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Mounjaro Side Effects

Generic name: tirzepatide

Medically reviewed by Last updated on Dec 24, 2022.

Note: This document contains side effect information about tirzepatide. Some dosage forms listed on this page may not apply to the brand name Mounjaro.

Applies to tirzepatide: subcutaneous solution.


Subcutaneous route (Solution)

Risk of Thyroid C-Cell TumorsIn both male and female rats, tirzepatide causes dose-dependent and treatment-duration-dependent thyroid C-cell tumors at clinically relevant exposures. It is unknown whether tirzepatide causes thyroid C-cell tumors, including medullary thyroid carcinoma (MTC), in humans as human relevance of tirzepatide induced rodent thyroid C-cell tumors has not been determined. Tirzepatide is contraindicated in patients with a personal or family history of MTC or in patients with Multiple Endocrine Neoplasia syndrome type 2 (MEN 2). Counsel patients regarding the potential risk for MTC with the use of tirzepatide and inform them of symptoms of thyroid tumors (e.g., a mass in the neck, dysphagia, dyspnea, persistent hoarseness). Routine monitoring of serum calcitonin or using thyroid ultrasound is of uncertain value for early detection of MTC in patients treated with tirzepatide.

Serious side effects of Mounjaro

Along with its needed effects, tirzepatide (the active ingredient contained in Mounjaro) may cause some unwanted effects. Although not all of these side effects may occur, if they do occur they may need medical attention.

Check with your doctor immediately if any of the following side effects occur while taking tirzepatide:

More common

Less common

Incidence not known

Other side effects of Mounjaro

Some side effects of tirzepatide may occur that usually do not need medical attention. These side effects may go away during treatment as your body adjusts to the medicine. Also, your health care professional may be able to tell you about ways to prevent or reduce some of these side effects.

Check with your health care professional if any of the following side effects continue or are bothersome or if you have any questions about them:

More common

Less common

For Healthcare Professionals

Applies to tirzepatide: subcutaneous solution.


The most common adverse reactions reported in 5% of patients or greater treated with this drug included nausea, diarrhea, decreased appetite, vomiting, constipation, dyspepsia, and abdominal pain.[Ref]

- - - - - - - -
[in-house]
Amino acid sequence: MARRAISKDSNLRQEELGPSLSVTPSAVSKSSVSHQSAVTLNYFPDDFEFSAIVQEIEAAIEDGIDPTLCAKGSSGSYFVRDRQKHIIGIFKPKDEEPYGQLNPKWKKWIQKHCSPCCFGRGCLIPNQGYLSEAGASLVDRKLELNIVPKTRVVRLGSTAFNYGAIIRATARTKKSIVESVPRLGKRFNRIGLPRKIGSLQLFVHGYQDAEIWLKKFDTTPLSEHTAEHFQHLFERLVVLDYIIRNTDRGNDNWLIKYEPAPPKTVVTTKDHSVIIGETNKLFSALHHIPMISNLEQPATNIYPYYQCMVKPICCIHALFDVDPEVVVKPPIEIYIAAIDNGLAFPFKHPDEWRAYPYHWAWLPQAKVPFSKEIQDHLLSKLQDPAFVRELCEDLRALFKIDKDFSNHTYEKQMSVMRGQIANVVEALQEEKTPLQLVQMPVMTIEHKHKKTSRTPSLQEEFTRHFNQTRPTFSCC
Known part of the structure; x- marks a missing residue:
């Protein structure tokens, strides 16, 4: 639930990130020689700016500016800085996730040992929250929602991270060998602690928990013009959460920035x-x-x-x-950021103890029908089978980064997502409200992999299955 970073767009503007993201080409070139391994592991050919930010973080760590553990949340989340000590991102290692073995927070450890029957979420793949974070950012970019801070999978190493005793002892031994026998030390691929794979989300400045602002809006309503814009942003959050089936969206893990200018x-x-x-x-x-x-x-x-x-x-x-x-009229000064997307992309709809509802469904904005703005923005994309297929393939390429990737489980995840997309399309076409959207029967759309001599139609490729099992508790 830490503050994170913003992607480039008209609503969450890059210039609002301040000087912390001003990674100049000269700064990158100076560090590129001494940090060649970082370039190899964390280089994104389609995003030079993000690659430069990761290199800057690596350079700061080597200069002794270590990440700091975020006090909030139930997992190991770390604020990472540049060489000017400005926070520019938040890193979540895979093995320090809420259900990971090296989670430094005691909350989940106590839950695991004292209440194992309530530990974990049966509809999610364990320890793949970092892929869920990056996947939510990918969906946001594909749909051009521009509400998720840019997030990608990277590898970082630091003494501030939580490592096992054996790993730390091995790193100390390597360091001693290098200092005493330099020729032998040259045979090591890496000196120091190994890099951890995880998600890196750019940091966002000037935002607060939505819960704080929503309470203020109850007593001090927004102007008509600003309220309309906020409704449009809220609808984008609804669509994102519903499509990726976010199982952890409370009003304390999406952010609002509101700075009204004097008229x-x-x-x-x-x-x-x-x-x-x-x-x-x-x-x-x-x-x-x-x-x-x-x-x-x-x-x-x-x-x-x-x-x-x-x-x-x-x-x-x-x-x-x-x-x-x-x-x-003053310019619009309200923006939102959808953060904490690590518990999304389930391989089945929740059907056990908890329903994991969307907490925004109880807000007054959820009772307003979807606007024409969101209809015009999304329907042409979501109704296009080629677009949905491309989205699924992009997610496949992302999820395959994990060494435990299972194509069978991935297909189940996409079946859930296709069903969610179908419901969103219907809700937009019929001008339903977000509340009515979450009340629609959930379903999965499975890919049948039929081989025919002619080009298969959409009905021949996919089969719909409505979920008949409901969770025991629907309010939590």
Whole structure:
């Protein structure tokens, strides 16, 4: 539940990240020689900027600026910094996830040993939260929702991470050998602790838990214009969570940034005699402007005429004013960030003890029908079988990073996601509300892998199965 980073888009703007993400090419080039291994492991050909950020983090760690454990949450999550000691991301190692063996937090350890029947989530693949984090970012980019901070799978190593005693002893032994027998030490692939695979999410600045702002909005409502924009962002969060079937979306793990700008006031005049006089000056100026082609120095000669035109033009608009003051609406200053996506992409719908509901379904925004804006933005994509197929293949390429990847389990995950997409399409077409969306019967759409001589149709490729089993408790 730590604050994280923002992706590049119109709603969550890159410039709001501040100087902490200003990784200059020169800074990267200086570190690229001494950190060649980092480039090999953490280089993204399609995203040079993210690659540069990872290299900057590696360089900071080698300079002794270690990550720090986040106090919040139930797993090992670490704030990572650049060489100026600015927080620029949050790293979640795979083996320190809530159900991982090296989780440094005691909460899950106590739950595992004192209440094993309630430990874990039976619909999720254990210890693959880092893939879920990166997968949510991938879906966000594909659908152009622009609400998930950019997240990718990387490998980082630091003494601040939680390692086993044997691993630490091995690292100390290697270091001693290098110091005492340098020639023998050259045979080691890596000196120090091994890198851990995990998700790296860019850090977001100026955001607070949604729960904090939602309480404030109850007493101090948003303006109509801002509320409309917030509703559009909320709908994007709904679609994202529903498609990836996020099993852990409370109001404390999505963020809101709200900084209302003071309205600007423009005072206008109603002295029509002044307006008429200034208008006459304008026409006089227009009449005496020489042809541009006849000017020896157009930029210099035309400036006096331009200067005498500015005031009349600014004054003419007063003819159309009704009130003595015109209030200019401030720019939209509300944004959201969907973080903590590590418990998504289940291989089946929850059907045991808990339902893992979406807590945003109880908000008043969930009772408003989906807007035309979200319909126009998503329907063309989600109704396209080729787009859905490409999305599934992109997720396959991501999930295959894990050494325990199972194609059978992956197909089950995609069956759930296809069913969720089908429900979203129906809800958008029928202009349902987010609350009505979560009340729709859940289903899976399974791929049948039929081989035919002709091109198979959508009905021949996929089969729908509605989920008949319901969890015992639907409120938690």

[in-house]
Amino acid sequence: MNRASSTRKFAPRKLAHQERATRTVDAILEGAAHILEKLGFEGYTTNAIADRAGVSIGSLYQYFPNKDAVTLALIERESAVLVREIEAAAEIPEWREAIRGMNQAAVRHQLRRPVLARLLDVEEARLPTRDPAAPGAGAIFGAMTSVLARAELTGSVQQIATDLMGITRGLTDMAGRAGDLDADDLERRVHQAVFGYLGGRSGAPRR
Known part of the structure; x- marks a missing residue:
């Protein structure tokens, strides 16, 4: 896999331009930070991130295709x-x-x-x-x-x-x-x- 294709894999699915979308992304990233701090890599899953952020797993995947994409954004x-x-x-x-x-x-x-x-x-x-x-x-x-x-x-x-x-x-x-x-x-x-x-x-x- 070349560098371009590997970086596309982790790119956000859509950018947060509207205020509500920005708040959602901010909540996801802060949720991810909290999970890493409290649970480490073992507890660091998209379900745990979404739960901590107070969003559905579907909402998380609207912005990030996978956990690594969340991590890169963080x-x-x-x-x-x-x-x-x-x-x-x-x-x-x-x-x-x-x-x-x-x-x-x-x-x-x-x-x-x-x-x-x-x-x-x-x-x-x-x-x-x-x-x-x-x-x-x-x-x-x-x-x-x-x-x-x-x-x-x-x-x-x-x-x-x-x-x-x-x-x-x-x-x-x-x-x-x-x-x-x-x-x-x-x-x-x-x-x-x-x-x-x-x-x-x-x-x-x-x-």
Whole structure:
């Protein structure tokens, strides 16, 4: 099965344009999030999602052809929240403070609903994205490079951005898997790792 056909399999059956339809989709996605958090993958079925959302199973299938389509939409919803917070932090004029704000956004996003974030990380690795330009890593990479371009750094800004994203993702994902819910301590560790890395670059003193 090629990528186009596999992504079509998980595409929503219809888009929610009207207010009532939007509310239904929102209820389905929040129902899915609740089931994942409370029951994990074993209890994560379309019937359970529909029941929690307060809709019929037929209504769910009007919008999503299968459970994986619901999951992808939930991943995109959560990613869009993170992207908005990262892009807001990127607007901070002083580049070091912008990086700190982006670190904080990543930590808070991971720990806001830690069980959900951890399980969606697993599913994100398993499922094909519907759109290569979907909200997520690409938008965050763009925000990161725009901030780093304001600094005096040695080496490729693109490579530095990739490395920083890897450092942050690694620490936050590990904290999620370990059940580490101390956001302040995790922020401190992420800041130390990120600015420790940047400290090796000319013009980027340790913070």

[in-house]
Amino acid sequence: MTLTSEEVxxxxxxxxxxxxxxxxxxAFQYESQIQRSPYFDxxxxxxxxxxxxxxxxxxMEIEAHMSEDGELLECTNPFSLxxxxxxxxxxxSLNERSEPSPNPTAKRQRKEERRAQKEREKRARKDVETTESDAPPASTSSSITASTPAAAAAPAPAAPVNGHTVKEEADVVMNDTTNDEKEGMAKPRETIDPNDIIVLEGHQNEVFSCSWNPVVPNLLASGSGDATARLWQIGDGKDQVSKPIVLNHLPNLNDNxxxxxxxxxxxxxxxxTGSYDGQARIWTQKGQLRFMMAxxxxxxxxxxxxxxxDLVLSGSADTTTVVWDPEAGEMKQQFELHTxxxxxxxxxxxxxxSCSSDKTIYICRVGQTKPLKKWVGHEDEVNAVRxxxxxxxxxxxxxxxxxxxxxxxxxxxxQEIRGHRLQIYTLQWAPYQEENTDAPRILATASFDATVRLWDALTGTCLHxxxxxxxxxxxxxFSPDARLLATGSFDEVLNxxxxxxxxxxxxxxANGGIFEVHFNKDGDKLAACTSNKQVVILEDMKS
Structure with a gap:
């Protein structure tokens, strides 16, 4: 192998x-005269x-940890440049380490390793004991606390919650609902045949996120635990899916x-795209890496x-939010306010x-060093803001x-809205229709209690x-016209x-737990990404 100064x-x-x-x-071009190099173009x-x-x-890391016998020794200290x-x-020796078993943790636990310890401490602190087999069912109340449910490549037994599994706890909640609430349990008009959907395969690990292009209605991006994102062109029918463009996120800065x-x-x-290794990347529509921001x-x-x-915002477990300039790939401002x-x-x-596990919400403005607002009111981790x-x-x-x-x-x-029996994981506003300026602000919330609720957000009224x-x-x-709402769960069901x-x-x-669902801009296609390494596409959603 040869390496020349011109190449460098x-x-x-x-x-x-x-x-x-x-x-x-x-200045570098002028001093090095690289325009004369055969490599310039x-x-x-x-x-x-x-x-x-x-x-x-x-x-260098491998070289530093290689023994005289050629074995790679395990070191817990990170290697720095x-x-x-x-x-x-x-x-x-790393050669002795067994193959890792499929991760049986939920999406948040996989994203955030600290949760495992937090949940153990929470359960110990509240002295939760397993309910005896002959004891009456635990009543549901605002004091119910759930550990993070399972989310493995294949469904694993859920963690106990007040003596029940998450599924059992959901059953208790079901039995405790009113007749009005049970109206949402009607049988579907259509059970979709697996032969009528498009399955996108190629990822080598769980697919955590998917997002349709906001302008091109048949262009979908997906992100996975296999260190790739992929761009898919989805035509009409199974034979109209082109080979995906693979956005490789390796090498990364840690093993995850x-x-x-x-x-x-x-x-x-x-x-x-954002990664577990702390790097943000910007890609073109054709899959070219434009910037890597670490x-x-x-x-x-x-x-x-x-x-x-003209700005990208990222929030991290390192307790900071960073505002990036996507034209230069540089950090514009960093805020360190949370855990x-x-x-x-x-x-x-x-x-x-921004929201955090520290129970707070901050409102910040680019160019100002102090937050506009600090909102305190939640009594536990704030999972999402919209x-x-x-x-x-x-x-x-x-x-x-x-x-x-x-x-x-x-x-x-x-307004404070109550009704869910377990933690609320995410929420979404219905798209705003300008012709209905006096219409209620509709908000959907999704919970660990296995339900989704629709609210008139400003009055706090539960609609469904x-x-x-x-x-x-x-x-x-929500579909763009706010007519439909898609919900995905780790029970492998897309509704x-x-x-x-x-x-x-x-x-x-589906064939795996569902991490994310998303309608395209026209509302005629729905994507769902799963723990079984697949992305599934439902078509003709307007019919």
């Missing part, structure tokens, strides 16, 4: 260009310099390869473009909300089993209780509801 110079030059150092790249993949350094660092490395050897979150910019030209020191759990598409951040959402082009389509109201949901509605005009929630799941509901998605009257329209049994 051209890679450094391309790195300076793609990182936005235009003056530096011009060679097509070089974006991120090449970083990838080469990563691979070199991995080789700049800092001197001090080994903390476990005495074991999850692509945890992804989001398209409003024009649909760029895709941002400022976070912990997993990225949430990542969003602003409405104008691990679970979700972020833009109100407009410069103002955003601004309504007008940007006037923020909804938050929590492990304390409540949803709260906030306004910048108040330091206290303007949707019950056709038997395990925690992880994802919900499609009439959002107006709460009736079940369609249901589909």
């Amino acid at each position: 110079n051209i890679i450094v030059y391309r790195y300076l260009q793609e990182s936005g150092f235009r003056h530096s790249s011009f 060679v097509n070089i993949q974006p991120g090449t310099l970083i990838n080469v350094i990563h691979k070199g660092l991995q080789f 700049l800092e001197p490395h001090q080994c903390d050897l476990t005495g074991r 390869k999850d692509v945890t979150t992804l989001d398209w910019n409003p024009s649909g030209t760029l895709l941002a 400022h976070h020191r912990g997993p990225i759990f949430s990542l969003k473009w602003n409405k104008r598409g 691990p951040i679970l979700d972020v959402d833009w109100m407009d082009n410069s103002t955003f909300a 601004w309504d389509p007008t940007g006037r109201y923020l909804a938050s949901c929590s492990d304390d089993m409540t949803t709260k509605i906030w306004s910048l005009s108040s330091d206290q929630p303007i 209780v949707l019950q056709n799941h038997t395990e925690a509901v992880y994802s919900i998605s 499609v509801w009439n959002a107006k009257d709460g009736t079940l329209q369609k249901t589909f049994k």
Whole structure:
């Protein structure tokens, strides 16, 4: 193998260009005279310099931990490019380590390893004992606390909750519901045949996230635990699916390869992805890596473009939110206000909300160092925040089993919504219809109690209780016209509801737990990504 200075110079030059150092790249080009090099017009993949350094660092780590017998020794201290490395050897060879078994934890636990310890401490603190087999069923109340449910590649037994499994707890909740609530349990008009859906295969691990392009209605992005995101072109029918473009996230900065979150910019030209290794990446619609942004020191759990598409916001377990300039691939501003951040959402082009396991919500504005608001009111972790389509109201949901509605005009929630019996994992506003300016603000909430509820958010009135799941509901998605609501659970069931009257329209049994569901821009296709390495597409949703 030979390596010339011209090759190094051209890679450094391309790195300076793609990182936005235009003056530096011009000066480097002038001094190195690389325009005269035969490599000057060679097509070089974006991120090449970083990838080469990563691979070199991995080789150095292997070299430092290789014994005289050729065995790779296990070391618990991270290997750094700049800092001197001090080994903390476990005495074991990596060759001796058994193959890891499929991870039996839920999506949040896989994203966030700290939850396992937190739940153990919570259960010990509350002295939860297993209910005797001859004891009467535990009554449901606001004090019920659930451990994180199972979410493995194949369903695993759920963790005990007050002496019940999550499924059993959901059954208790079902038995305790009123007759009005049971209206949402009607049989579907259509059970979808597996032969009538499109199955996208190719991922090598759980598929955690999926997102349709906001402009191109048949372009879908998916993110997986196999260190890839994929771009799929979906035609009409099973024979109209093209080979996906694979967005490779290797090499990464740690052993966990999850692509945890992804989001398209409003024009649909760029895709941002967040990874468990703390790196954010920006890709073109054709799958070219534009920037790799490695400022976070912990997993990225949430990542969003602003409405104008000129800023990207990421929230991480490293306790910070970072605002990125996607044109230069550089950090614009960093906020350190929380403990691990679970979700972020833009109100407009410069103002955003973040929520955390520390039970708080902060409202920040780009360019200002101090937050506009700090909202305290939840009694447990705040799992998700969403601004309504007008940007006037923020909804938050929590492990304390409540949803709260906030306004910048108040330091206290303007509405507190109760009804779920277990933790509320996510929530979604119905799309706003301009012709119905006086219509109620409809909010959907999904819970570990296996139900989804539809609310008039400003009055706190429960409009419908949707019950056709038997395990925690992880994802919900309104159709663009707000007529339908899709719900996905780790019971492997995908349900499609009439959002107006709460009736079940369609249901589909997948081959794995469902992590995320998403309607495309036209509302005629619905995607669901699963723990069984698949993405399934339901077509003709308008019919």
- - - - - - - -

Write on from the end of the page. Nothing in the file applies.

In pooled placebo-controlled trials, treatment with this drug resulted in a mean increase in heart rate of 2 to 4 beats per minute compared to a mean increase of 1 beat per minute in placebo-treated patients. Episodes of sinus tachycardia (associated with a concomitant increase from baseline in heart rate of at least 15 beats per minute) were reported in up to 23% of patients. The clinical relevance of increased heart rate was uncertain.

Very common (10% or more): Sinus tachycardia (up to 23%)

Frequency not reported: Increased heart rate


In pooled placebo-controlled trials, treatment with this drug resulted in mean increases from baseline in serum pancreatic amylase levels of up to 38% and serum lipase levels of up to 42%; placebo-treated patients had a mean increase from baseline in pancreatic amylase of 4% and no changes were observed in lipase. The clinical significance of elevations in lipase or amylase with this drug was unknown without other signs/symptoms of pancreatitis.

Very common (10% or more): Nausea (up to 18%), diarrhea (up to 17%)

Common (1% to 10%): Vomiting, constipation, dyspepsia, abdominal pain, eructation, flatulence, gastroesophageal reflux disease, abdominal distension

Uncommon (0.1% to 1%): Cholelithiasis, acute pancreatitis, increased serum pancreatic amylase levels, increased serum lipase levels, acute gallbladder disease (including cholelithiasis, biliary colic and cholecystectomy)

Postmarketing reports: Ileus


Uncommon (0.1% to 1%): Acute gallbladder disease (cholelithiasis, biliary colic, cholecystectomy)


Common (1% to 10%): Hypersensitivity reactions (e.g., urticaria, eczema)

Postmarketing reports: Anaphylaxis, angioedema


Very common (10% or more): Anti-drug antibodies (up to 51%)

Common (1% to 10%): Neutralizing antibodies


Common (1% to 10%): Injection site reactions


Very common (10% or more): Hypoglycemia (up to 19%), decreased appetite (up to 11%)

Common (1% to 10%): Hyperglycemia

Hypoglycemia (glucose level less than 54 mg/dL) occurred more frequently when this drug was used in combination with a sulfonylurea (up to 13% of patients in a clinical trial); severe hypoglycemia occurred in up to 6% of patients. Hyperglycemia occurred more frequently in the placebo group versus in patients treated with this drug.


Common (1% to 10%): Fatigue, including asthenia, malaise, lethargy

Uncommon (0.1% to 1%): Blood calcitonin increased


Postmarketing reports (in other GLP-1 receptor agonists): Acute kidney injury, worsening of chronic renal failure


Very common (10% or more): Nasopharyngitis (10.5%)

Frequently asked questions


1. Product Information. Mounjaro (tirzepatide). Eli Lilly and Company Ltd. 2023.

2. Product Information. Mounjaro (tirzepatide). Lilly, Eli and Company. 2023.

3. Product Information. Mounjaro (tirzepatide). Eli Lilly Australia Pty Ltd. 2023.

Further information

Always consult your healthcare provider to ensure the information displayed on this page applies to your personal circumstances.

Some side effects may not be reported. You may report them to the FDA.